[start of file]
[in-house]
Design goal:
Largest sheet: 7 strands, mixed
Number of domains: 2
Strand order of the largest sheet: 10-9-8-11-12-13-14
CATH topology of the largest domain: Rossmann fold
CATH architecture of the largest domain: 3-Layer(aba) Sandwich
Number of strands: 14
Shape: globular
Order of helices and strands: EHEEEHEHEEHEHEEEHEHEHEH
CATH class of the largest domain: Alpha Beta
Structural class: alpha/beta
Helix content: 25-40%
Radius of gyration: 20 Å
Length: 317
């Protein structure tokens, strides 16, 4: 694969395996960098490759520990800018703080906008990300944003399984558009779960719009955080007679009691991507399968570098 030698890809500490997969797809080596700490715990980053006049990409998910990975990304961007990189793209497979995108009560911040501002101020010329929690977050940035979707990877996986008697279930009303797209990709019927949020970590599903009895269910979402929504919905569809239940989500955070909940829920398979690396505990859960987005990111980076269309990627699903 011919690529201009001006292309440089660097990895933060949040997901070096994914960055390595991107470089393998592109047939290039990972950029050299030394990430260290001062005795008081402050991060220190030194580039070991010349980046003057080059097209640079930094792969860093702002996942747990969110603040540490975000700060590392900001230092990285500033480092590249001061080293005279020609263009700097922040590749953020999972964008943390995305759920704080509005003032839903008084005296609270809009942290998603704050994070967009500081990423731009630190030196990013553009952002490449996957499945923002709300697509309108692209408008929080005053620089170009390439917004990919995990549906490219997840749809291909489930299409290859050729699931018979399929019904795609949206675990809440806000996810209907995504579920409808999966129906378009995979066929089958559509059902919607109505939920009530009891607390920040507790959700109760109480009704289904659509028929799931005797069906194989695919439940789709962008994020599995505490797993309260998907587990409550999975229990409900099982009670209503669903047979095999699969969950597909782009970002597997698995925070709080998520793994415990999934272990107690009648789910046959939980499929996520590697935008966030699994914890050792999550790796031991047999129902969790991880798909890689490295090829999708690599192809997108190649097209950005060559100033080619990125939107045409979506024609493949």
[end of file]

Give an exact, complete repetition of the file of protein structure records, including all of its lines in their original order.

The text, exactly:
[in-house]
Design goal:
Largest sheet: 7 strands, mixed
Number of domains: 2
Strand order of the largest sheet: 10-9-8-11-12-13-14
CATH topology of the largest domain: Rossmann fold
CATH architecture of the largest domain: 3-Layer(aba) Sandwich
Number of strands: 14
Shape: globular
Order of helices and strands: EHEEEHEHEEHEHEEEHEHEHEH
CATH class of the largest domain: Alpha Beta
Structural class: alpha/beta
Helix content: 25-40%
Radius of gyration: 20 Å
Length: 317
């Protein structure tokens, strides 16, 4: 694969395996960098490759520990800018703080906008990300944003399984558009779960719009955080007679009691991507399968570098 030698890809500490997969797809080596700490715990980053006049990409998910990975990304961007990189793209497979995108009560911040501002101020010329929690977050940035979707990877996986008697279930009303797209990709019927949020970590599903009895269910979402929504919905569809239940989500955070909940829920398979690396505990859960987005990111980076269309990627699903 011919690529201009001006292309440089660097990895933060949040997901070096994914960055390595991107470089393998592109047939290039990972950029050299030394990430260290001062005795008081402050991060220190030194580039070991010349980046003057080059097209640079930094792969860093702002996942747990969110603040540490975000700060590392900001230092990285500033480092590249001061080293005279020609263009700097922040590749953020999972964008943390995305759920704080509005003032839903008084005296609270809009942290998603704050994070967009500081990423731009630190030196990013553009952002490449996957499945923002709300697509309108692209408008929080005053620089170009390439917004990919995990549906490219997840749809291909489930299409290859050729699931018979399929019904795609949206675990809440806000996810209907995504579920409808999966129906378009995979066929089958559509059902919607109505939920009530009891607390920040507790959700109760109480009704289904659509028929799931005797069906194989695919439940789709962008994020599995505490797993309260998907587990409550999975229990409900099982009670209503669903047979095999699969969950597909782009970002597997698995925070709080998520793994415990999934272990107690009648789910046959939980499929996520590697935008966030699994914890050792999550790796031991047999129902969790991880798909890689490295090829999708690599192809997108190649097209950005060559100033080619990125939107045409979506024609493949």